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rows of cacao plants

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Faith and Chocolate

In Shell, Ecuador, a small team from the mission organization Reach Beyond is working to develop a hardy cacao plant and to help jungle communities in eastern Ecuador establish it as a cash crop.

Reach Beyond started work in Ecuador in 1931, first with radio broadcasting, then expanding into medical care. But this farming venture is new ground, following a cacao plant distribution drive by the government that did not include instructions on nurturing seed- lings. Cacao plants need protection from the region’s drenching rains, as they take three to five years to mature. Once established, a families’ cacao crop can be grown in fields mixed with shorter-cycle plants such as cassava, beans, and yucca.

In the Reach Beyond program, inhabitants of participating communities own the fields around their homes. They enroll in a continuing education program and will share the profits of all cacao sales, which will be directed to two local factories that process and sell Amazon chocolate.

Wim de Groen, the organization’s community development director, describes its work as a parable in action: “We say that ‘sharing the gospel is what we do; growing cacao is how we do it.’ So as we learn how to care for these crops, we’re also reading the Bible and tying it into everything we do. When we graft our cacao plants, we’re starting with a root that is very sturdy and can hold on through torrential rains, but the fruit is not good. To that root is grafted a strong and beautiful plant – it grows a bright golden pod and yields dark, high quality cacao. It’s a wonderful example of how we need to be grafted to Jesus to bear good fruit.”

One of the Reach Beyond greenhouses in Ecuador

One of the Reach Beyond greenhouses in Ecuador
Photograph courtesy of Ralph Kurtenbach

Who’s Evangelical Anymore?

“Trying to mix Christianity with a political party can be sort of like mixing ice cream with horse manure,” Shane Claiborne likes to say. “It might not harm the manure, but it sure messes up the ice cream.” At a time when “evangelical” has become a partisan or even ethnic label, many are jumping ship or at least shedding the name. A few who still hope to reclaim the movement’s focus on “Jesus and justice” are planning an April revival in Lynchburg, Virginia, home of Jerry Falwell Jr.’s Liberty University. Among those joining Claiborne are Tony Campolo, Jonathan Martin, William J. Barber II, and Lisa Sharon Harper.

Korean Peace Pilgrimage: February– December 2018

Chungyon Won

About one hundred young people have started a pilgrimage to visit cities in South Korea, North Korea (if possible), Manchuria, and Siberia to pray for a peaceful future in Korea and beyond. Along the way, participants – most of them members of Bargn Nuri, a Korean intentional Christian community movement – are holding peace- and community-building workshops to meet locals who have suffered in Korea’s past wars. They are inviting friends from abroad to join them.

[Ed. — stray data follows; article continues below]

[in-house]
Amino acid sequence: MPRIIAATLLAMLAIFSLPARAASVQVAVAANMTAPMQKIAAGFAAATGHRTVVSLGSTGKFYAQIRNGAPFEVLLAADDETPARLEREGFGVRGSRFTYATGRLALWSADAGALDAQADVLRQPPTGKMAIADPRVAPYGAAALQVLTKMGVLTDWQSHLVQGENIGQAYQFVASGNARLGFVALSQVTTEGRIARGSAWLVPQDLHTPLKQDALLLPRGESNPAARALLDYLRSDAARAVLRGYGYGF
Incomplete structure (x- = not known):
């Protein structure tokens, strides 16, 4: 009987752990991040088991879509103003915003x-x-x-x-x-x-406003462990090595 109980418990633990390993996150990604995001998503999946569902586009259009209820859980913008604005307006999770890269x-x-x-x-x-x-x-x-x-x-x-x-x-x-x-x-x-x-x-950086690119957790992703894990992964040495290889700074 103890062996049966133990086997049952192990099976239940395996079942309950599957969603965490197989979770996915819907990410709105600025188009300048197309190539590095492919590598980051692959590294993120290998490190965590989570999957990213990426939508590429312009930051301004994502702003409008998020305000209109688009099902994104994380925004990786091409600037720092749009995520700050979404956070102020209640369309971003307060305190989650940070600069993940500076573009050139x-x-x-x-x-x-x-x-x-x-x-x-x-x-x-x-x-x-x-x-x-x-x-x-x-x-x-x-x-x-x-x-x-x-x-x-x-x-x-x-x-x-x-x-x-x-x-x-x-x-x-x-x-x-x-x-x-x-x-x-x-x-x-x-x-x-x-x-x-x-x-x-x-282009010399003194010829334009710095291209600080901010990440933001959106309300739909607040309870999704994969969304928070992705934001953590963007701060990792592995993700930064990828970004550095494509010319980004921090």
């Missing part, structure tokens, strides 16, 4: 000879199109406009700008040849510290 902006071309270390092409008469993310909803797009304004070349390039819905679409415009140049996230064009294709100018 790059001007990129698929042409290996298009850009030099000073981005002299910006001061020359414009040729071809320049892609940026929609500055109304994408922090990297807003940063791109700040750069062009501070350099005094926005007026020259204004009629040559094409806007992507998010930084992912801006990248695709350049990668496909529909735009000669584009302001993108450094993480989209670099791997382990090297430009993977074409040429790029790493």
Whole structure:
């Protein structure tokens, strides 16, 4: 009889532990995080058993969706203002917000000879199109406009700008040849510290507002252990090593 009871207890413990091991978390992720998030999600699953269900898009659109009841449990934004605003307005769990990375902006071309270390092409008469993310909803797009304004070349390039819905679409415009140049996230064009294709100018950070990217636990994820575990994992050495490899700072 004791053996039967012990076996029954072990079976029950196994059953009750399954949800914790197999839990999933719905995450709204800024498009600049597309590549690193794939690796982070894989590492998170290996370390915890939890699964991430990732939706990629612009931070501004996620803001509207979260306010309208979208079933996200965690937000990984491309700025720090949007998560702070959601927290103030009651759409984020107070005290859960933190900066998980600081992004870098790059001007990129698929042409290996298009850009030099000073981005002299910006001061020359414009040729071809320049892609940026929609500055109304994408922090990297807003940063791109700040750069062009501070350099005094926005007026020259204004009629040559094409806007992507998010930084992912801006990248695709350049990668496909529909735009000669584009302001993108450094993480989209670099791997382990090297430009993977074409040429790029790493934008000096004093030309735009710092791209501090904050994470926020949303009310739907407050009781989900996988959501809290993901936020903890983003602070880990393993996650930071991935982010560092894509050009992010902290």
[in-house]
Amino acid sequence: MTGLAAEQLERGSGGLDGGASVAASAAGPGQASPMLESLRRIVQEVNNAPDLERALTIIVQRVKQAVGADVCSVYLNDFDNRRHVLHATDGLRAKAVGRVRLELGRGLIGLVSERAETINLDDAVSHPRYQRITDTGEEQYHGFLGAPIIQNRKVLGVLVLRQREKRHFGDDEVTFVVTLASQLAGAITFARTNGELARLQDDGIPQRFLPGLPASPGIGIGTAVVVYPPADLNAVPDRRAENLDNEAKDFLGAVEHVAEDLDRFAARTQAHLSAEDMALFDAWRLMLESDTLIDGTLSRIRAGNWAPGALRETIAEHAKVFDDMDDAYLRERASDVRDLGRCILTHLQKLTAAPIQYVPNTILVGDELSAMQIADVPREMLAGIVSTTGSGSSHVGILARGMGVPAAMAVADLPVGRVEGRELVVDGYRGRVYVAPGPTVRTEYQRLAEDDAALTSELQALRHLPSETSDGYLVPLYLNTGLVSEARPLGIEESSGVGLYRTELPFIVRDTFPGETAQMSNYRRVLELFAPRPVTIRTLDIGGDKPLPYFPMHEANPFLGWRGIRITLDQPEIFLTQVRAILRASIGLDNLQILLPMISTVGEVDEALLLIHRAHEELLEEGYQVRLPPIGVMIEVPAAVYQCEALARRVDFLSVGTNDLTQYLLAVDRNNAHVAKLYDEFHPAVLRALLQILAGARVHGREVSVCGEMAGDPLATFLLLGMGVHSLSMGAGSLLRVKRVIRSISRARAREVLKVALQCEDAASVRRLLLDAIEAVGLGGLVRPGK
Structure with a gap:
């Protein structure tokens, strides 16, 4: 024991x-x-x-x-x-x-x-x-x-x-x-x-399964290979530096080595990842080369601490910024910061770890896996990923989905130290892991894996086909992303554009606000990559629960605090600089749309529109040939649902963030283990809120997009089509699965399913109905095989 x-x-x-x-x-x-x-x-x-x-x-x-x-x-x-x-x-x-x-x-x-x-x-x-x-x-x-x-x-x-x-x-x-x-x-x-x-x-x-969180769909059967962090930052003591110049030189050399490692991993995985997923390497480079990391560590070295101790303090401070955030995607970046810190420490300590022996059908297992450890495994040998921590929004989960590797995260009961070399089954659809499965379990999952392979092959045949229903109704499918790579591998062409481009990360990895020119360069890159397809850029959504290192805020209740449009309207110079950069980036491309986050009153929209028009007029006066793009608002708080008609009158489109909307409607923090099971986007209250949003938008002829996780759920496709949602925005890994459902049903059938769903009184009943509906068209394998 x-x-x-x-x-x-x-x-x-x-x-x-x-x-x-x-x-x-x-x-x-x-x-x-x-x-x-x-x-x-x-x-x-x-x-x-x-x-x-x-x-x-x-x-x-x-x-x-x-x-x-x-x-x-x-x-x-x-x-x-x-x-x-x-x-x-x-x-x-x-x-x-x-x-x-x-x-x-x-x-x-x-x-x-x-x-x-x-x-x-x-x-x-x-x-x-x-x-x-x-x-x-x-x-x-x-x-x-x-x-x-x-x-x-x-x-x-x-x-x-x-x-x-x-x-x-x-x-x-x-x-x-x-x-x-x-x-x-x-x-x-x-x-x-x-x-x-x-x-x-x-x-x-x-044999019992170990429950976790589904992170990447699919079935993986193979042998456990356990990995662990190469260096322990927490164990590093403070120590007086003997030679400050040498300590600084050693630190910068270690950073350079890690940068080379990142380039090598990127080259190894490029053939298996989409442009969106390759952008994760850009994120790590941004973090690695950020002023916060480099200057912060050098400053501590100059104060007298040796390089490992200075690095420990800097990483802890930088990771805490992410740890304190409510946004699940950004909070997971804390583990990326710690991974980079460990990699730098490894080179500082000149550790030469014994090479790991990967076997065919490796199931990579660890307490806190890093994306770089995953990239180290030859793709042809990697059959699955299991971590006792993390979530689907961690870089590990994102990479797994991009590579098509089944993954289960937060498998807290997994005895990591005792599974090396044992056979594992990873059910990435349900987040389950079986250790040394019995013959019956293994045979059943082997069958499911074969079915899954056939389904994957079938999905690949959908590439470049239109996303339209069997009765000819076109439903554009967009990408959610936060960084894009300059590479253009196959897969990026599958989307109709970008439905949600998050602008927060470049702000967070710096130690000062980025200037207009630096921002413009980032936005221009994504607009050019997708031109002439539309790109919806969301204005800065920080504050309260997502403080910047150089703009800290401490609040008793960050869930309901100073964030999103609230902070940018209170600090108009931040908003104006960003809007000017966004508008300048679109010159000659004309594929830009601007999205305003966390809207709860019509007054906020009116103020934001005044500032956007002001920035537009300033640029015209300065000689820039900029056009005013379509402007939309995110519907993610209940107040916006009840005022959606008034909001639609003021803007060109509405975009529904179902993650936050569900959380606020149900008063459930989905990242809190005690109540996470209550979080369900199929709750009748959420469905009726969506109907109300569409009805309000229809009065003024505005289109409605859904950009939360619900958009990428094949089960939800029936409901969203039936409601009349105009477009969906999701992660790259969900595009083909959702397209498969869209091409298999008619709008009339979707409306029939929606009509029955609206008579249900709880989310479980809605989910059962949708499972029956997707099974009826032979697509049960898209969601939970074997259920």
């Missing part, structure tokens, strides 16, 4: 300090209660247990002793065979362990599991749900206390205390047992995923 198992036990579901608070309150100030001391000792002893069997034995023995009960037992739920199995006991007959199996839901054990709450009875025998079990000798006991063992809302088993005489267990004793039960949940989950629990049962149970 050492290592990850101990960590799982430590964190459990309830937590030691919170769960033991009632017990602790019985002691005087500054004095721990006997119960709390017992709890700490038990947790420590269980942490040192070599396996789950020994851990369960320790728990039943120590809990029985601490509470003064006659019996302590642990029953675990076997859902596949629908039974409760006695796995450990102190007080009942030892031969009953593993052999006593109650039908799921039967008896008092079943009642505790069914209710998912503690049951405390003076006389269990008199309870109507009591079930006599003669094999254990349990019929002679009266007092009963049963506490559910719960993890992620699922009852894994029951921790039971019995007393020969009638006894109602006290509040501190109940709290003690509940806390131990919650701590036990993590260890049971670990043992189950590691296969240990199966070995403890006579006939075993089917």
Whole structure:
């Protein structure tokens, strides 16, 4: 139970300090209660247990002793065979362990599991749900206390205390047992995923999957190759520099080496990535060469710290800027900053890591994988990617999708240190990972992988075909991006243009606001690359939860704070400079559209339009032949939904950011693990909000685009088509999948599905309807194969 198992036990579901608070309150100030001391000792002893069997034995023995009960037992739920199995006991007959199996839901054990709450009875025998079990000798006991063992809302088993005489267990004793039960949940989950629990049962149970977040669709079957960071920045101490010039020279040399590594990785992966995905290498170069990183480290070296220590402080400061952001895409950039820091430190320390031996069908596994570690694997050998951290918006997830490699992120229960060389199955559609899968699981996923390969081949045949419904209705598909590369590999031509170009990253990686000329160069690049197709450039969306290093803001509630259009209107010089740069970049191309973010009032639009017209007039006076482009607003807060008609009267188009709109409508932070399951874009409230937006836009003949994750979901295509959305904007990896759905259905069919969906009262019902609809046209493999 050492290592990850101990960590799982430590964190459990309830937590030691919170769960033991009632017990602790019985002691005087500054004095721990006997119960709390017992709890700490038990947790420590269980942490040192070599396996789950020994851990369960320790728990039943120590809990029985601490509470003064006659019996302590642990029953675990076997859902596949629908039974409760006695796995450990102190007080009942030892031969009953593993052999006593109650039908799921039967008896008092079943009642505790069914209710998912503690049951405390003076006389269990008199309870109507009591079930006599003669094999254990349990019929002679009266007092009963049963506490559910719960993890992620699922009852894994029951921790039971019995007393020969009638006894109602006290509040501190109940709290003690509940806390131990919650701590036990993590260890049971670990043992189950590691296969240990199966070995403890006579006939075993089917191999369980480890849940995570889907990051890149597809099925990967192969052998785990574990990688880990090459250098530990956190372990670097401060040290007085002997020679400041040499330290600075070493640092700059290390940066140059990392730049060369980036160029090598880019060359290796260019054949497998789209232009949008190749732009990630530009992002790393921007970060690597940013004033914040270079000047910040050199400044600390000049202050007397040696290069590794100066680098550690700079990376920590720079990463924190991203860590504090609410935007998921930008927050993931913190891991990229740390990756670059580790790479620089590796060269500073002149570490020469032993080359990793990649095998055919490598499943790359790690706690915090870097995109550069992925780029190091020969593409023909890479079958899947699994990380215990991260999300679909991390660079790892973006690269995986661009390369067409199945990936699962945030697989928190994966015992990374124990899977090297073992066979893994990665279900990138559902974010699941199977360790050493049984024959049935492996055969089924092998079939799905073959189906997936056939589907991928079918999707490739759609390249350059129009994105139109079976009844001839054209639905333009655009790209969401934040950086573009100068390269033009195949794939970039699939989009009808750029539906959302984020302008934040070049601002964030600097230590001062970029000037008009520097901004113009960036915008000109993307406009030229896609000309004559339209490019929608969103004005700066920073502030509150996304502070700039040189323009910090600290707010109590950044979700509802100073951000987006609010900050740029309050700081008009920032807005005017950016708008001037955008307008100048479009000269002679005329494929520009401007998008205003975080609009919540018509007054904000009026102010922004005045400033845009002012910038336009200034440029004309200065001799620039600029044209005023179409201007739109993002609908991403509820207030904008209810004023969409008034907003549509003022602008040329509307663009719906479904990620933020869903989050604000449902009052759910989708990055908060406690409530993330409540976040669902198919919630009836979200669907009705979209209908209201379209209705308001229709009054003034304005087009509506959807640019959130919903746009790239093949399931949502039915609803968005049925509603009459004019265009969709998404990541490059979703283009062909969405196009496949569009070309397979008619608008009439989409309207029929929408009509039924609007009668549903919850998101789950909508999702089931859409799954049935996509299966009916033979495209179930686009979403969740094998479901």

In recent years, Bargn Nuri (“Bright World”), which has a Protestant background, has joined with Catholics and social justice movements in an effort to stand together amid escalating political tension on the Korean Peninsula.

A group of college students founded Bargn Nuri in 1991 in response to social needs stemming from the country’s division and rapid industrialization. In 2000, the community settled on the outskirts of Seoul to increase its ministry and educational work. Today, 150 people live within walking distance, supporting each other and raising their children together. They also operate the Christian Youth Academy, offering lectures on history, philosophy, social justice, drama, and culture. In 2010, Bargn Nuri founded a farming village in Hongcheon.

Their commitment to peace is based on the witness of the first Christians. In the words of founder Cheolho Choi, “The early church did not just exist two thousand years ago and then fail. It has continued throughout church history. The forerunners of faith held on to Christ’s peace when wars and violence were rampant. The faith and life of the early church is still continued in community movements today.”

The pilgrims met during the Korean New Year holidays to read the New Testament and pray. In March they will travel to Jeju Island, where in 1948 the police and military massacred between fourteen and thirty thousand people, supposedly to suppress a Communist uprising. Although this happened seventy years ago, the truth of this atrocity is only slowly coming to the surface. The pilgrims will walk across the island and hold a memorial service for the victims. In October they plan to visit the North Korean cities of Pyongyang and Kaesong – provided they’re allowed to enter the country.

Chungyon Won is the Korean language editor for Plough and lives at Beech Grove, a Bruderhof in England.

Participants in the 2017 Korean peace pilgrimage

Participants in the 2017 Korean peace pilgrimage
Photograph from cafe.daum.net/lordyear

Poet in This Issue: Naomi Shihab Nye

Born in 1952 in St. Louis, Missouri, to a Palestinian father and an American mother, Nye has always belonged to more than one culture. She spent part of her adolescence in the Middle East before settling in Texas, where she has established herself as a literary voice of the American Southwest. Nye is the author of numerous books of poems, and her honors include four Pushcart Prizes, a Lavan Award, and a Jane Addams Children’s Book Award.

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